The brake fluid flush is one of the most frequently forgotten car maintenance services. Many motorists do not even realize that a brake fluid flush is an item that should be on their maintenance list and others feel as though their mechanic is trying to take advantage of them or sell an unneeded service when a brake fluid flush is recommended. I can assure you that your local mechanic is not trying to take advantage of you; a vehicle’s brake fluid does need to be flushed periodically in order to help prevent costly brake system repairs.
As with extended oil change intervals discussed in the article on the importance of adhering to a regular oil change schedule, many vehicle manufacturers have omitted brake fluid service from their service schedule. Though it is not known exactly why this is, it may have resulted from manufacturers trying to reduce the apparent cost of long-term vehicle maintenance in an attempt to make their products more appealing than their competitors. This isn’t much of a concern for the first couple of years but with econimic instability, many people are choosing to keep their vehicles longer and brake fluid maintenance needs to be given its due.
The primary reason brake fluid should be flushed periodically is because it is a hygroscopic fluid, meaning that it readily absorbs and retains moisture. Though this might seem a bit odd at first glance, that is exactly what we want the brake fluid to do. With the understanding that many of the brake system components are made from metal, we can quickly see that moisture is the enemy. Brake fluid, by absorbing any moisture that gets into the system and retaining it, helps to prevent moisture related corrosion and failure of internal brake system components. Even the highest quality brake fluid can only retain so much moisture, however, so it periodically must be flushed from the system and replaced with new fluid.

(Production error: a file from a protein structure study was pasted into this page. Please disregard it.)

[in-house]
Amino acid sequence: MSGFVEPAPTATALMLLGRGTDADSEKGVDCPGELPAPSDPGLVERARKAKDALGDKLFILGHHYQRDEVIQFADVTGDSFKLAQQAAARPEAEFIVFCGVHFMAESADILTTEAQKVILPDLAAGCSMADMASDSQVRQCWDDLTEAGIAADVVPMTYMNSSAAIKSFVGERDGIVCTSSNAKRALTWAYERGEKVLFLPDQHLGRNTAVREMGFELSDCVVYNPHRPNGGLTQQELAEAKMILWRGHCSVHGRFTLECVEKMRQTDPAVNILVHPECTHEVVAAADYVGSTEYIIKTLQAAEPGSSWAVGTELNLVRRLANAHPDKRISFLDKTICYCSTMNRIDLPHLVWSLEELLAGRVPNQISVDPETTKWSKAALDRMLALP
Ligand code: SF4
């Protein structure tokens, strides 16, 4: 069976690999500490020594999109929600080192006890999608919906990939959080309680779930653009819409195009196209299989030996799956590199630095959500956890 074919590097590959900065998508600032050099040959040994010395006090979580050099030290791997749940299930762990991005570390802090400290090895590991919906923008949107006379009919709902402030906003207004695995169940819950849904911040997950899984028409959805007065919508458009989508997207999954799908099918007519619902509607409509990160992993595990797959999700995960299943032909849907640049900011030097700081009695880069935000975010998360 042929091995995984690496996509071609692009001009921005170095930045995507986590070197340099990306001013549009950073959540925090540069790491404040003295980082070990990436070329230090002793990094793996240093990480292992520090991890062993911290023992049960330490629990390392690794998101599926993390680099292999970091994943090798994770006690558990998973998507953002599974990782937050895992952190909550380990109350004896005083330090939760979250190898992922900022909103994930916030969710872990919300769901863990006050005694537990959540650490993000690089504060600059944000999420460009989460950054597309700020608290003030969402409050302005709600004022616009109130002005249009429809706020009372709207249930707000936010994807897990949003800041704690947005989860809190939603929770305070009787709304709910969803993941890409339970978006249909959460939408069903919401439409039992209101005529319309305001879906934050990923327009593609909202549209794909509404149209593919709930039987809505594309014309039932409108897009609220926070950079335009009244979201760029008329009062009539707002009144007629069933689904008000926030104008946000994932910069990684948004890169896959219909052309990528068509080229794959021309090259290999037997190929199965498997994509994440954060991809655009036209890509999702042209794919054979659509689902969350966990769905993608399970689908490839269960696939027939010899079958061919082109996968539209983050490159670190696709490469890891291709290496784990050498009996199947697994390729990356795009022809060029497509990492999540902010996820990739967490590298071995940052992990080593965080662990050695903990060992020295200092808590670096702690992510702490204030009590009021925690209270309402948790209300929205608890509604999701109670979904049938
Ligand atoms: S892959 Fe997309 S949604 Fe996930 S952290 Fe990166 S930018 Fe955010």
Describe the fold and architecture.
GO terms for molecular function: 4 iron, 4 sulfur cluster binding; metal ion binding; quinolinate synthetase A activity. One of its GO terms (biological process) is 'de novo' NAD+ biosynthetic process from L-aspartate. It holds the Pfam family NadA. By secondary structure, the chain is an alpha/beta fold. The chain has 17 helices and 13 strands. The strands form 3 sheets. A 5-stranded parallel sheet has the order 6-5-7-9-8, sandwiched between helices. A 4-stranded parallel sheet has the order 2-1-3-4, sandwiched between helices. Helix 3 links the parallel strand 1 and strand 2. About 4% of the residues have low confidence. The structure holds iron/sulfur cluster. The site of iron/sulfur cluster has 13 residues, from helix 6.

There are special test strips and other similar items available to help determine when the fluid is in need of changing but a simple method is to assess the color of the brake fluid in your vehicle's brake fluid reservoir. Fresh/new brake fluid is clear in color with a very slight yellow hue. Brake fluid which has served its useful life and is in need of change is deeper amber in color (or even brown or black in some cases). The use of a flashlight can be helpful in gaining an understanding of brake fluid condition. Use the flashlight to shine through the master cylinder of most late-model vehicles. For older vehicles with metal master cylinder reservoirs, shine the light down from the top and look through the fluid to the bottom of the reservoir. If the fluid has a heavy amber hue, the fluid is ready to be replaced.
A good general rule of thumb on the frequency for having your modern vehicle’s brake fluid flushed is to have it done every two years, especially on those vehicles equipped with antilock braking systems. Years ago, prior to the advent of antilock brakes, flushing the brake fluid was not as much of a concern. The more intricate fluid circuitry of the hydraulic control units on today’s antilock brake and traction-control equipped vehicles are much more sensitive to moisture and small particulate debris. Additionally, the actuation of these systems during braking or traction controlled events generate heat which further contributes to the breakdown of the brake fluid. With the potential of vehicle safety concerns and brake system repairs that could cost hundreds of dollars, the money spent on a brake fluid flush every two years is well worth the peace of mind.